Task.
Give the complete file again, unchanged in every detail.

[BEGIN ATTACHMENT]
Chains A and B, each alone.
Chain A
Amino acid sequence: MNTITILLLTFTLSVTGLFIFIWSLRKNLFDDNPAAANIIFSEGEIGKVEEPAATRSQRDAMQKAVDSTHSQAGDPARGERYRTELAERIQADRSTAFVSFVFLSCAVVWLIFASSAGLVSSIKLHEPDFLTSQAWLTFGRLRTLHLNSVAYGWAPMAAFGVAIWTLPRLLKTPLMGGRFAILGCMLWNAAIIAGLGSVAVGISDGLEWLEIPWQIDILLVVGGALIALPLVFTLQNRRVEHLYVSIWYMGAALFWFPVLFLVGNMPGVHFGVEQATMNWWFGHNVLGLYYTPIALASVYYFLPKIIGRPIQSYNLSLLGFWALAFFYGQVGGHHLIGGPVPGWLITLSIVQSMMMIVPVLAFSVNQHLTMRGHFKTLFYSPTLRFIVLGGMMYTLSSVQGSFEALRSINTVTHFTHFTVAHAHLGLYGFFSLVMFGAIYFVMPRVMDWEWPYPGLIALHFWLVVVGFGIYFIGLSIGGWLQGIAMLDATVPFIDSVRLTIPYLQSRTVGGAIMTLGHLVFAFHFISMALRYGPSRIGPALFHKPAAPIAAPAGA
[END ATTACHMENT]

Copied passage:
Chains A and B, each alone.
Chain A
Amino acid sequence: MNTITILLLTFTLSVTGLFIFIWSLRKNLFDDNPAAANIIFSEGEIGKVEEPAATRSQRDAMQKAVDSTHSQAGDPARGERYRTELAERIQADRSTAFVSFVFLSCAVVWLIFASSAGLVSSIKLHEPDFLTSQAWLTFGRLRTLHLNSVAYGWAPMAAFGVAIWTLPRLLKTPLMGGRFAILGCMLWNAAIIAGLGSVAVGISDGLEWLEIPWQIDILLVVGGALIALPLVFTLQNRRVEHLYVSIWYMGAALFWFPVLFLVGNMPGVHFGVEQATMNWWFGHNVLGLYYTPIALASVYYFLPKIIGRPIQSYNLSLLGFWALAFFYGQVGGHHLIGGPVPGWLITLSIVQSMMMIVPVLAFSVNQHLTMRGHFKTLFYSPTLRFIVLGGMMYTLSSVQGSFEALRSINTVTHFTHFTVAHAHLGLYGFFSLVMFGAIYFVMPRVMDWEWPYPGLIALHFWLVVVGFGIYFIGLSIGGWLQGIAMLDATVPFIDSVRLTIPYLQSRTVGGAIMTLGHLVFAFHFISMALRYGPSRIGPALFHKPAAPIAAPAGA